When you got the call to work on Heaven & Earth, did you feel a mixture of excitement and trepidation about revisiting a dark scene?
No. There was a change of personnel, so it felt as though this could well be different. Plus they’re more mature now, and they seem to be more focused on the long-term repercussions of going “Boo!” to each other.
Was there any apologising when you met again in LA in January 2014?
Absolutely none. We did realise, though, that if things go wrong, it could be the end. But they’d already been there and done that.
How did working with Jon Davison compare to working with Jon Anderson?
You can’t compare them, really. They both come from completely different schools of thought. Jon Davison is definitely working very well in the band.
And what about Steve Howe? These days he comes across as the keeper of the Yes flame and strikes one as being rather hard to please. Is that true?
I had great sessions with Steve. Whatever’s in his brain comes out of his fingers – it’s the weirdest thing.
Instrumentally, would you say that Yes today are as good as any other band you’ve worked with?
Yes. Geoff [Downes]’s stuff was complex, Alan [White]’s stuff was powerful, and Chris [Squire] plays lead guitar bass!
Did you have a preliminary conversation about how the record should sound?
No. Everyone had their own opinions and voiced them to me, and as the producer I had to listen to them all and get a consensus.
Was it to make a melodic album? An accessible album? A Yes-like album?
My idea was to make it hefty, because everybody’s going hefty now. And I wanted great vocals.
Are you an auteur producer? If so, do you bring your mark to bear on a band’s sound?
I bring a lot of stuff to the making of any record. And then I have to use it in relation to my own aesthetic and merge it all. So yes, there are similarities with a lot of records I’ve produced, but I try not to take away from the band their own thing.
Did you revisit the huge Yes back catalogue for ideas and inspiration for Heaven & Hell?
I’ve been a fan since Roundabout, so I’ve been listening to their records through all the changes. But you have to start from scratch each time. You have to get the aesthetic that everybody knows so that when you put the record on for the first time, everyone knows it’s them. But you also want to make sure it’s relatively current.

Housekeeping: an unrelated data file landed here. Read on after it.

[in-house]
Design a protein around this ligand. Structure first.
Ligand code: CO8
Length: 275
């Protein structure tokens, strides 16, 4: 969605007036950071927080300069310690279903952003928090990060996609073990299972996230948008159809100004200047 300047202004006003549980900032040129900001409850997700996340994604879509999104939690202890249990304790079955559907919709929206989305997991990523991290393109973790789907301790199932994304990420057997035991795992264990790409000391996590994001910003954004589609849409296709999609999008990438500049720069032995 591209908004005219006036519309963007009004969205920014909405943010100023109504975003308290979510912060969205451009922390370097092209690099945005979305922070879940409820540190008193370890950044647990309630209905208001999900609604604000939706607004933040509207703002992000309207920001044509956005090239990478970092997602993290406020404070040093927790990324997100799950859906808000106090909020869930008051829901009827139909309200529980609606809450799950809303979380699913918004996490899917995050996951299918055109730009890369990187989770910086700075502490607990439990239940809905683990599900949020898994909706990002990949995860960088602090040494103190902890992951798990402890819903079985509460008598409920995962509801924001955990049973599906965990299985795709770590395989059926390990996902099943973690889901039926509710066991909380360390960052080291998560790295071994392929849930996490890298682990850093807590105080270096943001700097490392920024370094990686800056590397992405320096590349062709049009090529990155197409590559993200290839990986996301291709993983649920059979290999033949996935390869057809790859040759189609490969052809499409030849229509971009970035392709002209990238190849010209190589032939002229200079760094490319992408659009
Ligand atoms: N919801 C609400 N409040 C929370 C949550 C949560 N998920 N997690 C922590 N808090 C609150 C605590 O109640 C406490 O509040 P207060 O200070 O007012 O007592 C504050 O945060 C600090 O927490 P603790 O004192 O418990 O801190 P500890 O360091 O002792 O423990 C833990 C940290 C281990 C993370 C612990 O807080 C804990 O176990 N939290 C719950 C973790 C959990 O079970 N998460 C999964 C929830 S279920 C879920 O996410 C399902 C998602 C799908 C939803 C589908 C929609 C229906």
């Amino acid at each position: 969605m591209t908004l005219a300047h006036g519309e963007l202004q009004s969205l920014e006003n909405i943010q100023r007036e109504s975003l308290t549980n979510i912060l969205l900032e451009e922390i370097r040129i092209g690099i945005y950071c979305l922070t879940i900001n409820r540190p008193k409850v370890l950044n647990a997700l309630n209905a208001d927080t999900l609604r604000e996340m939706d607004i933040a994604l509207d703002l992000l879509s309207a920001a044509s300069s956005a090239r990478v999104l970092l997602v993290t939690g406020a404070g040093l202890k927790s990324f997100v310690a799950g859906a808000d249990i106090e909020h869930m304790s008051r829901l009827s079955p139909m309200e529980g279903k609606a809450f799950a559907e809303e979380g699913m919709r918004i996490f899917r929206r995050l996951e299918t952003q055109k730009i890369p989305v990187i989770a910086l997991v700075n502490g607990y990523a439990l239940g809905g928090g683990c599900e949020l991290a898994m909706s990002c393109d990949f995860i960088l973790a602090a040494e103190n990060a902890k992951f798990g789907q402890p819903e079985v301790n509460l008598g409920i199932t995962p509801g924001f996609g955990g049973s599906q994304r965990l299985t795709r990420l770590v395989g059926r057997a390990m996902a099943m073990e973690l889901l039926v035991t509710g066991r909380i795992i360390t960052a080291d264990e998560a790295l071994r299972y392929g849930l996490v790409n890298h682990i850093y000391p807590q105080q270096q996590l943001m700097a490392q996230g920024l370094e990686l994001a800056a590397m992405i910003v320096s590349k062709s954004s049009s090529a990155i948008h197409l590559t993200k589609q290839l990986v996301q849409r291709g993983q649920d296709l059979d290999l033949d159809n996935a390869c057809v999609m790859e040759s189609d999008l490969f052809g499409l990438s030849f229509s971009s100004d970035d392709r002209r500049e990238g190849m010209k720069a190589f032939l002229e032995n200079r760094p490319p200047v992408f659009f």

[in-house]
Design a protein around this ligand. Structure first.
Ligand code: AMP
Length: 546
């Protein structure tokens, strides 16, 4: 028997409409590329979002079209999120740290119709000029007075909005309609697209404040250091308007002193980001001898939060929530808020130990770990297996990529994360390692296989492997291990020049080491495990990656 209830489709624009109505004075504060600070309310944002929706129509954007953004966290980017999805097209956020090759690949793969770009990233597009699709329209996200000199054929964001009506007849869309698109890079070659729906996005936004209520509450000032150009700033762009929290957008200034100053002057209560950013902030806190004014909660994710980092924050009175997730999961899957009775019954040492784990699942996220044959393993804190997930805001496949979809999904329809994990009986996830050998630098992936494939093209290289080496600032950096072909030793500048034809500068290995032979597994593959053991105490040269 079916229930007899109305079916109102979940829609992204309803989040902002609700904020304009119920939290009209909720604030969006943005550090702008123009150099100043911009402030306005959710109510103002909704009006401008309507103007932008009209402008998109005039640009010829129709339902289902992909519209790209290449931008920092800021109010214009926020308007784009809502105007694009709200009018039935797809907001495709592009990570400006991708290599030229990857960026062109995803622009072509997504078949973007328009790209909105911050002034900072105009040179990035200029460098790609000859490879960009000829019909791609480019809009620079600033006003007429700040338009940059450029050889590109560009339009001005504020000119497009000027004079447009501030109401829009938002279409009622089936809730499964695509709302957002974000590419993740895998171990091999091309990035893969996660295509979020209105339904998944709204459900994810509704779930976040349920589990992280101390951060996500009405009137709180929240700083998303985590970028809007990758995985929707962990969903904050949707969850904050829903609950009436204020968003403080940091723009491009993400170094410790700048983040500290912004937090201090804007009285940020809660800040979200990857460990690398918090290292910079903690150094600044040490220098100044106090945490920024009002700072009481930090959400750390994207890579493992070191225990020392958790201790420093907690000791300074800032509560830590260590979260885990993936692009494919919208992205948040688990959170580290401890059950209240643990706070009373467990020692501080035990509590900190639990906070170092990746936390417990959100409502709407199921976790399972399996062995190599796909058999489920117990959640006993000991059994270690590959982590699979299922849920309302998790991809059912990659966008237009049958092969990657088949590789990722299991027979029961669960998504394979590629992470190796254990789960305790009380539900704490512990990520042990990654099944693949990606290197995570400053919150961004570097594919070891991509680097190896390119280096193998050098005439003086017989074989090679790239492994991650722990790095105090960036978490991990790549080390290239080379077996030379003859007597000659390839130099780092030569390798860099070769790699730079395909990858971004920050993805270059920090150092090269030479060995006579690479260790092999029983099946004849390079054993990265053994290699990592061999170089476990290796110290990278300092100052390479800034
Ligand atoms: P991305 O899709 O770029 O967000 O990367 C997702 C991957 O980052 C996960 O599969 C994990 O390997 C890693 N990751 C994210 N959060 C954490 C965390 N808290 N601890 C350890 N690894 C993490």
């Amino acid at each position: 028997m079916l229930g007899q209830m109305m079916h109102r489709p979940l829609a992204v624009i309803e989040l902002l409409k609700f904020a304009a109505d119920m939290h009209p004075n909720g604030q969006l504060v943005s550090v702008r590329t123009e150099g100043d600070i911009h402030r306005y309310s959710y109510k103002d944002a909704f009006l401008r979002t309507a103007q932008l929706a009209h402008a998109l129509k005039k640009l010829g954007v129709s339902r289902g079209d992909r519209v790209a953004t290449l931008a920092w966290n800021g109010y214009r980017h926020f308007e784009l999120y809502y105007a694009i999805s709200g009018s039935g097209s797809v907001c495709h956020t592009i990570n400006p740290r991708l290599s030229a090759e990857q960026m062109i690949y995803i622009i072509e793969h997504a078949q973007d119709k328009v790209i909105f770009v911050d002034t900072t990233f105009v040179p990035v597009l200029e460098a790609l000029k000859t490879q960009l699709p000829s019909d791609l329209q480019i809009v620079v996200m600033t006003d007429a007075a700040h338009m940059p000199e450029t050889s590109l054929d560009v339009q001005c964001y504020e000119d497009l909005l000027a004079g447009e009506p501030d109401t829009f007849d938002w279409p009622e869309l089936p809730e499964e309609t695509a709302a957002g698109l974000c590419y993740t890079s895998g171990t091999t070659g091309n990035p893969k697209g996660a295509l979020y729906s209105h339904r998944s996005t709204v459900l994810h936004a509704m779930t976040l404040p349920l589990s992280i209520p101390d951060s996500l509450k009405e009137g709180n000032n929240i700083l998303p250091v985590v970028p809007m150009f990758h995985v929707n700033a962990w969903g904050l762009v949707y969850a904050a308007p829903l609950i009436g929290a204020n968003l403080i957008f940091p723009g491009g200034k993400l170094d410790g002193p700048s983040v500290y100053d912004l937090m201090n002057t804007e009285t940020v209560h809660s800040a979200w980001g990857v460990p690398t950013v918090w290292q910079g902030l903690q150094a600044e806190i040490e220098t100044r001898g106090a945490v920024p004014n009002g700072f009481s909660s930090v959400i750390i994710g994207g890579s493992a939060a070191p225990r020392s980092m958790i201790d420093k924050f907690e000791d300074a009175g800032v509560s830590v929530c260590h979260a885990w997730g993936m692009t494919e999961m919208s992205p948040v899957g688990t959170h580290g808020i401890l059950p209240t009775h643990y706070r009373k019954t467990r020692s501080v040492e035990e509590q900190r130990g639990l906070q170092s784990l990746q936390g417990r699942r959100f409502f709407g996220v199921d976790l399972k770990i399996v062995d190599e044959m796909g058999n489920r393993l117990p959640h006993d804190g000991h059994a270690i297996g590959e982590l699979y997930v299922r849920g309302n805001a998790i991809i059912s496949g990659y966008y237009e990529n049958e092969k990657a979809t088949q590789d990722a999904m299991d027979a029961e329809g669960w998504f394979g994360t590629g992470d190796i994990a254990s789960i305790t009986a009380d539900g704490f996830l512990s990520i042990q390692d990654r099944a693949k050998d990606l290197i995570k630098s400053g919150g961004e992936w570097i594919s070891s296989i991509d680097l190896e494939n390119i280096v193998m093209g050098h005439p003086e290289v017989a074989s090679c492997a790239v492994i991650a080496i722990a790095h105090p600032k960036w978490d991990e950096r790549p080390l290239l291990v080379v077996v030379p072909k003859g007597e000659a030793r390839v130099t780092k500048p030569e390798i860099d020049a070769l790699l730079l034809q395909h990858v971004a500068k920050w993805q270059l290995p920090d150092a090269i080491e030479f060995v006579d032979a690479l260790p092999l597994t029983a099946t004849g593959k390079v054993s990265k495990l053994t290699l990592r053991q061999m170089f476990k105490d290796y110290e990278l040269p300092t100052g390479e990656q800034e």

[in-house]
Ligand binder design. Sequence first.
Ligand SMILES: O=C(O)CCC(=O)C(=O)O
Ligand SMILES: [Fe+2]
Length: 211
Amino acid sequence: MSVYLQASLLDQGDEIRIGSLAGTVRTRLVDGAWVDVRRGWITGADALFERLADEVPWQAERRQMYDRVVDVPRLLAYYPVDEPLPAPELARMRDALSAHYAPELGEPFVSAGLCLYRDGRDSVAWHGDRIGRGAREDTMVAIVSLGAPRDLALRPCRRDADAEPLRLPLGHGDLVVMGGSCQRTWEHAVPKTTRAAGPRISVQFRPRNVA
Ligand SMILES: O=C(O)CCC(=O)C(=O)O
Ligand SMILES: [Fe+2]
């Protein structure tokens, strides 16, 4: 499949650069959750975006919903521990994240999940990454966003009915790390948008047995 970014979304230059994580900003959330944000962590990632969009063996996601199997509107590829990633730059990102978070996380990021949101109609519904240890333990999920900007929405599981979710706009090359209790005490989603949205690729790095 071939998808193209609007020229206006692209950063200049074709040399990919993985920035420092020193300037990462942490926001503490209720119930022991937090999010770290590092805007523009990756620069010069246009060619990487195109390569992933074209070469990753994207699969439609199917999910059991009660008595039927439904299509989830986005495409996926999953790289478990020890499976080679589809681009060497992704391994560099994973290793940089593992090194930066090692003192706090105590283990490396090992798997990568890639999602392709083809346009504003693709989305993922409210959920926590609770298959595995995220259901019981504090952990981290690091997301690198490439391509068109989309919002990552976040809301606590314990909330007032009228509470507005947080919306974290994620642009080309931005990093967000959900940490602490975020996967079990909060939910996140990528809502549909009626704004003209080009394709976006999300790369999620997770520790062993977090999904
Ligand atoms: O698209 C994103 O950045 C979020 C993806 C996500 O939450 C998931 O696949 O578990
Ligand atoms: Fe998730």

Where does this one fit in the Yes scheme? Is it the 1979 album that should have been, a 90125 of a record, one that’s fit to stand alongside their classics?
A bit of each, I think. There are a couple of poppier Owner Of A Lonely Heart-type things, some Roundabout things recalling that phenomenal bass part… The Game and Believe Again are definitely my favourite tracks. There’s a good blend of the lengthy and the concise. There’s enough multipartite stuff to satisfy the diehards, but also more accessible stuff.
Is it like a compilation of the best of Yes?
That’s what we were going for, and I think we achieved it. The feeling among the band was that the band are too good not to have a big audience.
So there was an attempt to make a record that would reach out to as many people as possible?
Yes have a huge back catalogue, so where would you place this album in their pantheon?
Well, I’d have to say right at the top because I’m involved!
Did the experience of recording this album with the band help take away the unpleasant taste from the 1979 sessions?
I wouldn’t say so. It was more like continuing where we left off. There was less arguing than before.
And best of all, no one broke their foot…
That’s right! The only thing I said, whenever anyone got up to go to the loo, was, “Don’t leave it too long otherwise you’ll get slagged off!” That was one way of keeping them all in a room together